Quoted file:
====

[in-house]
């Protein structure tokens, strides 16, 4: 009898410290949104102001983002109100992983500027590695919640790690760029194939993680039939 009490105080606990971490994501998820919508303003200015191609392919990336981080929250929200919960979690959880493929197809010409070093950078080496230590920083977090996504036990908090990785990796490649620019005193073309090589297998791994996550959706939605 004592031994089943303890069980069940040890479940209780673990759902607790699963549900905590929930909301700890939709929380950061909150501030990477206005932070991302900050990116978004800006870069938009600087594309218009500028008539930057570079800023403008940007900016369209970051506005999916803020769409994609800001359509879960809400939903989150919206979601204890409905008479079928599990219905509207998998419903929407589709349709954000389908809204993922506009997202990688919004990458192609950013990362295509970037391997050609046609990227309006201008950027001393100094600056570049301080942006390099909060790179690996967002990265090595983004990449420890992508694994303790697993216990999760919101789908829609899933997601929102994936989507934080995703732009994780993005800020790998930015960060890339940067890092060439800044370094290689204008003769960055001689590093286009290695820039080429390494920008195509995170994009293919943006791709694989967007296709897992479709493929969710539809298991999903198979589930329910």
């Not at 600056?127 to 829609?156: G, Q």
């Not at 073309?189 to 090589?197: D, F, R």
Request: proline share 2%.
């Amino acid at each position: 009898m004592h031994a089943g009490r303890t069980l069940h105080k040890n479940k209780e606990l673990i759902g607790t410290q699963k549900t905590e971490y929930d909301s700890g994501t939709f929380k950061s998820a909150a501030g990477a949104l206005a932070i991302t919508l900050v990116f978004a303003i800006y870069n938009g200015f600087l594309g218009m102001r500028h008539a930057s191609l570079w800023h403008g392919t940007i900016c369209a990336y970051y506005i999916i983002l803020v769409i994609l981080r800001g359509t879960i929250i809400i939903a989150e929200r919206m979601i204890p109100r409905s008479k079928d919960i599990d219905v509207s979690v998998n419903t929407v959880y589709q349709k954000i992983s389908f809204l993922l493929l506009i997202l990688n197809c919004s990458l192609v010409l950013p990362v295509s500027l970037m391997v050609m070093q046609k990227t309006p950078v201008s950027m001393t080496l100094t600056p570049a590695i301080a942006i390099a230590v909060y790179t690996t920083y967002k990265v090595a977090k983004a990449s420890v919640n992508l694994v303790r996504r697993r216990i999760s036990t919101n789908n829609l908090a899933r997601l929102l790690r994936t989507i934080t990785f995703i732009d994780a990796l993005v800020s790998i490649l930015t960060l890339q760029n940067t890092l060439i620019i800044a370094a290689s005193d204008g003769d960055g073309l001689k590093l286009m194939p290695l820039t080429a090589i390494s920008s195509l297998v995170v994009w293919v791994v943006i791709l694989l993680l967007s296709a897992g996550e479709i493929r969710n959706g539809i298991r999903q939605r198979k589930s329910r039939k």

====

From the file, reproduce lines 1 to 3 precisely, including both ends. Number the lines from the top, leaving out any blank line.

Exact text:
[in-house]
């Protein structure tokens, strides 16, 4: 009898410290949104102001983002109100992983500027590695919640790690760029194939993680039939 009490105080606990971490994501998820919508303003200015191609392919990336981080929250929200919960979690959880493929197809010409070093950078080496230590920083977090996504036990908090990785990796490649620019005193073309090589297998791994996550959706939605 004592031994089943303890069980069940040890479940209780673990759902607790699963549900905590929930909301700890939709929380950061909150501030990477206005932070991302900050990116978004800006870069938009600087594309218009500028008539930057570079800023403008940007900016369209970051506005999916803020769409994609800001359509879960809400939903989150919206979601204890409905008479079928599990219905509207998998419903929407589709349709954000389908809204993922506009997202990688919004990458192609950013990362295509970037391997050609046609990227309006201008950027001393100094600056570049301080942006390099909060790179690996967002990265090595983004990449420890992508694994303790697993216990999760919101789908829609899933997601929102994936989507934080995703732009994780993005800020790998930015960060890339940067890092060439800044370094290689204008003769960055001689590093286009290695820039080429390494920008195509995170994009293919943006791709694989967007296709897992479709493929969710539809298991999903198979589930329910």
């Not at 600056?127 to 829609?156: G, Q």